[a triangle inverted voided and a triangle voided conjoined in pale within the astronomical sign for Taurus] ...Using it in this non-standard fashion (the framing of one charge by another is itself very rare in period heraldry), is another weirdness... [Ungust Filius Antonii, R-Caid, June 2000 LoAR]

[three broadarrows in pall inverted, points outward, within a hexagon voided] Several commenters asked whether this is a period design or whether there should be a step from period practice for the framing. A step from period practice for the framing would be the only single step from period practice for the device, so the badge would be registerable anyway. We decline to rule at this time on the question of whether the framing is a step from period practice. [Alan of Caerlaverock, A-Middle, October 2008 LoAR]

Despite the earlier rulings, enforcing a step from period practice for a charge framed by another charge has not occurred in the past decade as far as we can tell. Certainly we have not upheld the precedent with regard to laurel wreaths. The March 2009 Cover Letter did establish that charges within annulets were not a step from period practice, based on period examples of that exact motif.

Our bar for declaring a charge to not be a step from period practice is rather low. SENA A2B4 states, "For charges, a single example of that charge used in European armory during our period is usually sufficient to allow its use without being a step from period practice." For a general motif, more than one example would seem to be better, to cover the general sort of variety one expects, but the documentation should be less than that required of an Individually Attested Pattern, since those patterns are otherwise entirely unregisterable.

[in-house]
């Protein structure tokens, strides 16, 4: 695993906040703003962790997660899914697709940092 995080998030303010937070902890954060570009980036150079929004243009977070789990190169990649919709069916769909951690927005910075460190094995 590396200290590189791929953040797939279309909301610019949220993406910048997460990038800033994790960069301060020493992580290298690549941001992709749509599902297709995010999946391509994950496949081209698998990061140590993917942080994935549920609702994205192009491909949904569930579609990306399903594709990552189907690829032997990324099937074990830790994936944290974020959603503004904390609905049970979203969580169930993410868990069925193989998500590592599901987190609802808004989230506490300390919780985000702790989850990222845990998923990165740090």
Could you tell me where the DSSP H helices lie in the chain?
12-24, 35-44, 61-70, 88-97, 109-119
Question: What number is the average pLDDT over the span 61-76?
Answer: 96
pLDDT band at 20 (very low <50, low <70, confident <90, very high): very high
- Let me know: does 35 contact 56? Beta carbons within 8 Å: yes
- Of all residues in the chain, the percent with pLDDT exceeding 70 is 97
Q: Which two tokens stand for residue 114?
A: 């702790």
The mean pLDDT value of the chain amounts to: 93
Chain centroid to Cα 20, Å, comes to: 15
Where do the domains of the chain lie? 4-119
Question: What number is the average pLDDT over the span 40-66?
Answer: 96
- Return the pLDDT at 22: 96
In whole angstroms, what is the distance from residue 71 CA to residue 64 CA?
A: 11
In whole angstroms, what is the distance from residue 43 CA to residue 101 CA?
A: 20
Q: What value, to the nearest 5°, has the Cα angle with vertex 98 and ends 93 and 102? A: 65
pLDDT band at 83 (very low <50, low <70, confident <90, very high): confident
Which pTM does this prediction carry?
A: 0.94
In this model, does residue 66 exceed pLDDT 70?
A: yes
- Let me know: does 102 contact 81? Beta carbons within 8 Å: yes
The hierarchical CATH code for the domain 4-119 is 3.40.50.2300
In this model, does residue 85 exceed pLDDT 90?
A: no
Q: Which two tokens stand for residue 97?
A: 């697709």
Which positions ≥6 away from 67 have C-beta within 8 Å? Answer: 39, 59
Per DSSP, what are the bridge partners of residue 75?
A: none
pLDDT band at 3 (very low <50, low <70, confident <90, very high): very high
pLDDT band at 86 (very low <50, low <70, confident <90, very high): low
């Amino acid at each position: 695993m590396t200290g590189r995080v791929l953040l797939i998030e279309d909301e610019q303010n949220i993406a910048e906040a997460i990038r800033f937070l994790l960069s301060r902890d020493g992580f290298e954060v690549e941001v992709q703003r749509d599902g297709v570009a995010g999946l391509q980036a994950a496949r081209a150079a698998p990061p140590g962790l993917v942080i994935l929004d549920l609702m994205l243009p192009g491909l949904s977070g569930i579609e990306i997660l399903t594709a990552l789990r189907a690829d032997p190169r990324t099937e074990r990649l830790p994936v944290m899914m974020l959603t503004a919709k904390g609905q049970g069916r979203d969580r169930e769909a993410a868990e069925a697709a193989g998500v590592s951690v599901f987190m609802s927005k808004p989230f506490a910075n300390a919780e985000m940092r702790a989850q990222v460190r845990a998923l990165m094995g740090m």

While the motif of a charge framed by another charge is quite rare in period armory, it is by no means unknown. In addition to the known pattern of charges within annulets, we also have:

We should also note the very nature of bordures, orles, and tressures, which are not uncommonly surrounding other charges. Given these examples, we are explicitly overturning the 1997 and 2000 precedents and declaring that the motif of a charge "framed" by another charge is not in itself a step from period practice.

* From Wreath: Involved Serpents

In Society blazon, we have frequently blazoned the motif of a serpent or dragon curled in a circle and biting its own tail as involved or involved in annulo. As the period blazon term involved appears reserved for serpents curled into a spiral shape, not into an annulet, we need to be able to distinguish between these postures. Therefore we will no longer use the term involved for charges actually in annulo; instead, we will use the term in annulo vorant of its own tail or some other similar blazon. Registered items using just involved that are in annulo will be reblazoned this month; other items using involved in annulo will be reblazoned as needed in the future.

* Society Pages

On July 27 at Bhakail's Court of Love at Pennsic, Alana O'Keeve, member of the East Kingdom heraldic community, and Joscelin le esqurel, Blue Tyger Herald, got engaged.

On August 24 at Ansteorra's Laurel's Prize Tourney, Their Majesites Lochlann and Gwen did elevate Alden Drake, former Star Principal Herald, into the companionship of the Order of the Pelican.

On September 8, Richenda du Jardin, Black Antelope Herald, and Juliana de Luna, Pelican Queen of Arms, were married in Spokane, WA.

* Send What to Whom

Letters of Intent, Comment, Response, Correction, et cetera are to be posted to the OSCAR online system. No paper copies need be sent. All submission forms plus documentation, including petitions, must be posted to the OSCAR online system.

Submission packets (one colored copy of each armory form only) to the SCA College of Arms, 3101 Lee Hwy Ste 18/19 #178, Bristol VA 24202.

Cheques or money orders for submissions, payable to "SCA Inc.-College of Arms" are to be sent to John C. Sandstrom, New Mexico State University, PO Box 30006/MSC 3475, Las Cruces, NM 88003.

Send roster changes and corrections to Laurel. College of Arms members may also request a copy of the current roster from Laurel.

For a paper copy of a LoAR, please contact Laurel, at the address above. The cost for one LoAR is $3. Please make all checks or money orders payable to "SCA Inc.-College of Arms". The electronic copy of the LoAR is available free of charge. To subscribe to the mailings of the electronic copy, please see the bottom of http://heraldry.sca.org/heraldry/lists.html#lists for more instructions.

For all administrative matters, please contact Laurel.

Pray know that I remain,

In service,

Gabriel Kjotvason
Laurel Principal King of Arms


Created at 2013-10-13T00:51:20